xTitle = 'Period (days)'
yTitle = 'Normalized Power'
p2 = Plot(period, normPeriodogram, XRANGE=[0, 10], $
  XTITLE=xTitle, YTITLE=yTitle, TITLE=title)

Result:

The next periodogram shows a dominant 1-day period signal:

Space-Time Visualization


This type of analysis shows how an event evolves over space and time. The following example analyzes how the Normalized Difference Vegetation Index (NDVI) near the U.S. Great Lakes varies throughout a given year and from north to south. This information can be used to better understand growing seasons in the region.

e = ENVI()
series = envirasterseries('NDVI.series')
indices = LindGen(series.Count)
;Get a line of data where the line is NDVI over latitude at a fixed longitude.
data = series.GetData(INDEX=indices, SUB_RECT=[4700, 0, 4700, 4800-1], BANDS=[0])
data = Reform(data)
timeStamps = series.GetKey(INDEX=indices, KEY='TIME')
TimeStampToValues, timeStamps, YEAR=years, MONTH=months, $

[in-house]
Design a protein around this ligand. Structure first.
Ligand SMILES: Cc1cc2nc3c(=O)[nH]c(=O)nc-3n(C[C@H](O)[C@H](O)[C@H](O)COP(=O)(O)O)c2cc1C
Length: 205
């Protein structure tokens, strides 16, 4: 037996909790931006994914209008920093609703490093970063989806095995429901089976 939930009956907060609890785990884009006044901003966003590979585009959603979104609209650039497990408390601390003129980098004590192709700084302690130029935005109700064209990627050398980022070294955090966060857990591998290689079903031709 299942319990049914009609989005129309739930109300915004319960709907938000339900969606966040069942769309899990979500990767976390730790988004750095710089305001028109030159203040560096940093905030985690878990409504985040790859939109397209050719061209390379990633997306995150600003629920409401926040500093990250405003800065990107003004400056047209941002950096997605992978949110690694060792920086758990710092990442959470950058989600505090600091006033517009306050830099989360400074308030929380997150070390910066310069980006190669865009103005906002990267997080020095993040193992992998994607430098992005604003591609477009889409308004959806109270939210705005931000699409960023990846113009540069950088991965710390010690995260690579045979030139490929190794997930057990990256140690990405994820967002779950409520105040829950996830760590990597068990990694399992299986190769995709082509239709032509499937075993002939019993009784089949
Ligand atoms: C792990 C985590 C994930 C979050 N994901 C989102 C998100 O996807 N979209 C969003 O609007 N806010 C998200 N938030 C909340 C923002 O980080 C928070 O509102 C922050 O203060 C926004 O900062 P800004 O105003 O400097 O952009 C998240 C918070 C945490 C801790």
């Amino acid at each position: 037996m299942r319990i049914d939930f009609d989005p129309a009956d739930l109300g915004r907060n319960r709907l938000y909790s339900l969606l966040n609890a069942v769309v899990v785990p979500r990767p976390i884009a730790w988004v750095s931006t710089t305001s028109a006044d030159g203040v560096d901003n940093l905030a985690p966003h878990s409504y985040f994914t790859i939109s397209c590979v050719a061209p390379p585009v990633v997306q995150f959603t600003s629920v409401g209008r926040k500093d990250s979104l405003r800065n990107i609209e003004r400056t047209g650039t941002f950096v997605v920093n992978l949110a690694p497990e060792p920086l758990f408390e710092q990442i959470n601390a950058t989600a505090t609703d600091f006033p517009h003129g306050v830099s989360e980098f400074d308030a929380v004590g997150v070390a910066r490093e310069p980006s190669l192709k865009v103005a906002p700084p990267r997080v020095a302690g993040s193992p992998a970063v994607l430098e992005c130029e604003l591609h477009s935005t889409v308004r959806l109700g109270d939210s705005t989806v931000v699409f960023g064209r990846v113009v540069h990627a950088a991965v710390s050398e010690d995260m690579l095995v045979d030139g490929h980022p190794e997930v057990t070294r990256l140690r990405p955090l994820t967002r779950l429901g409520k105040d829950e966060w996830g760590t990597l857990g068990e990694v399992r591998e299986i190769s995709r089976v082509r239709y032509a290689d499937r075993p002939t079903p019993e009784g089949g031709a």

DAY=days, HOUR=hours, MINUTE=minutes, SECOND=seconds
times = JulDay(months, days, years, hours, minutes, seconds)
time0 = JulDay(1, 0, years[0], 0, 0, 0)
times = (times - time0)
ulm = series.GetKey(INDEX=[0], KEY='UPPER_LEFT_MAP')
ps = series.GetKey(INDEX=[0], KEY='PIXEL_SIZE')
latitudes = ulm[1] - FindGen(4800) * ps[1]
goodVal = Where(data ge 0, COMPLEMENT=misVal)
data[misVal] = !VALUES.F_NAN
title = 'Variation of NDVI as a function of time and latitude 2002'
xTitle = 'Day of Year'
yTitle = 'Latitude'
contourLevels = Findgen(10) / 10.
ct = COLORTABLE(72, /REVERSE)
 
c = Contour(data, times, latitudes, C_VALUE=contourLevels, $
XTITLE=xTitle, YTITLE=yTitle, TITLE=title, /FILL, $
XRANGE=[1, 365], YRANGE=[40, 50], RGB_TABLE=ct)
 
cb = Colorbar(TARGET=c, ORIENTATION=1)

The following plot shows the variation in NDVI as a function of latitude and time:

This plot reveals that the period of high NDVI values is shorter at higher latitudes. NDVI is lowest in winter and highest in summer. NDVI decreases earlier at high latitudes, and the decreasing signal then propagates south.